Macy’s Data Breach May Have Hit Card Data

July 13, 2018         By: Steven Anderson

Data breaches seem to be an increasing fact of life when it comes to online shopping and mobile payments. Despite rapid advancements in security, businesses are still hit with crippling breaches that seize data and harm reputations throughout the field. Macy’s is one of the most recent firms so hit, and it’s looking like the hit might be a bad one.

The good news is that according to representatives, the data breach impacted just half of one percent of customers registered on either Macys.com or Bloomingdales.com. So basically, there’s a 99.5 percent chance that this doesn’t apply to you. The bad news, however, is that if you’re in that 0.5 percent that should be concerned, you should be very concerned.

The hackers, Macy’s notes, picked up not only names and passwords of online customers, but also possibly credit card numbers and expiration dates. Birthdates might also have been accessed, but Social Security numbers were apparently not an issue here. Those customers who may have been affected by this have already been contacted, reports note, and Macy’s is offering various consumer protection services at no cost accordingly.

Such attacks seem increasingly common of late, as reports from Adidas, Under Armour, and Hudson’s Bay all came in within the last few months detailing some new hacking strike that netted at least some personal information.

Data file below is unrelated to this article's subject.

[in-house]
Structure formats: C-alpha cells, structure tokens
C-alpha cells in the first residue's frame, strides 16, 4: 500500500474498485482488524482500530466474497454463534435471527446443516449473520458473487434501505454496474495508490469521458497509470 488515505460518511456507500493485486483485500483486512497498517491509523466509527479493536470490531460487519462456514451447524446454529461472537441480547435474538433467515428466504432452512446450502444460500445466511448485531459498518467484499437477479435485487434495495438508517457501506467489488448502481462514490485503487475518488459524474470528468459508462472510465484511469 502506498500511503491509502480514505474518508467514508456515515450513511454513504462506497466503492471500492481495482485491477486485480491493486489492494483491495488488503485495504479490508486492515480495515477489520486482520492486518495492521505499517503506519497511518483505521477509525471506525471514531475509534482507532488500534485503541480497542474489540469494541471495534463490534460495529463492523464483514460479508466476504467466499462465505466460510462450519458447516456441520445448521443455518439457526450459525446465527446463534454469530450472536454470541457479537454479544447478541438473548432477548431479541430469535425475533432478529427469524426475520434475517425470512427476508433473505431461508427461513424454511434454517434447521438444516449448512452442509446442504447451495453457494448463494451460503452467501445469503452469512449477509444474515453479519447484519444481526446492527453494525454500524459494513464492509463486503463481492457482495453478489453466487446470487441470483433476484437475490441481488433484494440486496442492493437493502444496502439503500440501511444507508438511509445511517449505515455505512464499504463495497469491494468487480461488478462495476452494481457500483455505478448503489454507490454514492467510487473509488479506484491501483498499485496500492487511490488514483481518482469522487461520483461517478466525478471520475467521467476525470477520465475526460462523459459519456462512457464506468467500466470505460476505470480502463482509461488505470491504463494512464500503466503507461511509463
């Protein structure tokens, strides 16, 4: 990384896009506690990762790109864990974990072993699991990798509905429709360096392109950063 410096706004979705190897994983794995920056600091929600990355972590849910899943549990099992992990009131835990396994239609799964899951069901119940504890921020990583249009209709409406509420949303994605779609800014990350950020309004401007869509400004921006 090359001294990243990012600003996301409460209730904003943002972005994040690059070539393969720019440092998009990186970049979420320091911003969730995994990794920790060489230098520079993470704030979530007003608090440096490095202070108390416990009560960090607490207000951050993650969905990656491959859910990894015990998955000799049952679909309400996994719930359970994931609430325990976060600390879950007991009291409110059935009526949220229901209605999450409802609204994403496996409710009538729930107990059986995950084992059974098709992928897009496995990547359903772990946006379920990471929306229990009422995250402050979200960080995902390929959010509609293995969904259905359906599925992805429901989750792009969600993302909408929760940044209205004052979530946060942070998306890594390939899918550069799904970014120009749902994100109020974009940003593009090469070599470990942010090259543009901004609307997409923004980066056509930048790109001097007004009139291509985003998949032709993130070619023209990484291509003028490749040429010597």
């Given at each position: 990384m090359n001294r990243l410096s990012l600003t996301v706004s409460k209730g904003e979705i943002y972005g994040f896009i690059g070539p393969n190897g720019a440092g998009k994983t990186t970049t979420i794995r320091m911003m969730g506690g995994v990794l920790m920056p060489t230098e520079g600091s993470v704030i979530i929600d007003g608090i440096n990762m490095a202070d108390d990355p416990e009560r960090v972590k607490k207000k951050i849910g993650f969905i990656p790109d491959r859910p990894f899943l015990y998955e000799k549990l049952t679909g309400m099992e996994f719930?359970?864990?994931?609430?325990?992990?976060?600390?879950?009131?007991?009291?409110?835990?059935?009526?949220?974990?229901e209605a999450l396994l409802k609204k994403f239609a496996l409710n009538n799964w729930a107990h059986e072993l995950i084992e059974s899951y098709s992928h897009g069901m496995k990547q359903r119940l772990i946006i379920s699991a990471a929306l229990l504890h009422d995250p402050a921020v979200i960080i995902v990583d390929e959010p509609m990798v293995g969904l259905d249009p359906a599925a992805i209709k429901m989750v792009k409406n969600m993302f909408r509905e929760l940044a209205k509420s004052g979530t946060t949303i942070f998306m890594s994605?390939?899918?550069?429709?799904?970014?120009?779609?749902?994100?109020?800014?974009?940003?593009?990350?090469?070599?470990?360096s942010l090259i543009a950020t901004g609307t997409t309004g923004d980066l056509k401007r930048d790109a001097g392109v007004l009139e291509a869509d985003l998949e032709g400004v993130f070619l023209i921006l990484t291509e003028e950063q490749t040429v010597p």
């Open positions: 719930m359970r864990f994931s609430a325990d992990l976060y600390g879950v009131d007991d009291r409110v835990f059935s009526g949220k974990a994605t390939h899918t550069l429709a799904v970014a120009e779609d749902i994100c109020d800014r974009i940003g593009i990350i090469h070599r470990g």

Yet in the midst of all this, we see how Macy’s is handling this exactly as it should. It’s notified affected customers promptly—almost as soon as it knew what was going on—and it’s extended offers of protective measures at no cost to the customer. That’s exactly how a data breach should be handled. We can’t shove our heads in the sand and pretend these don’t happen. They do, and far too often to be just shoved under the rug. We must be ready for when they do; quick notification and protective measures for the customers, and hopefully, encryption for the stores. I’ve harped on this point several times; take steps to make your stolen data worthless, not just try and protect it from every breach.

In the end, Macy’s has done right by its customers, and that’s what counts in the end. Hopefully the market will reward Macy’s by continuing to shop there.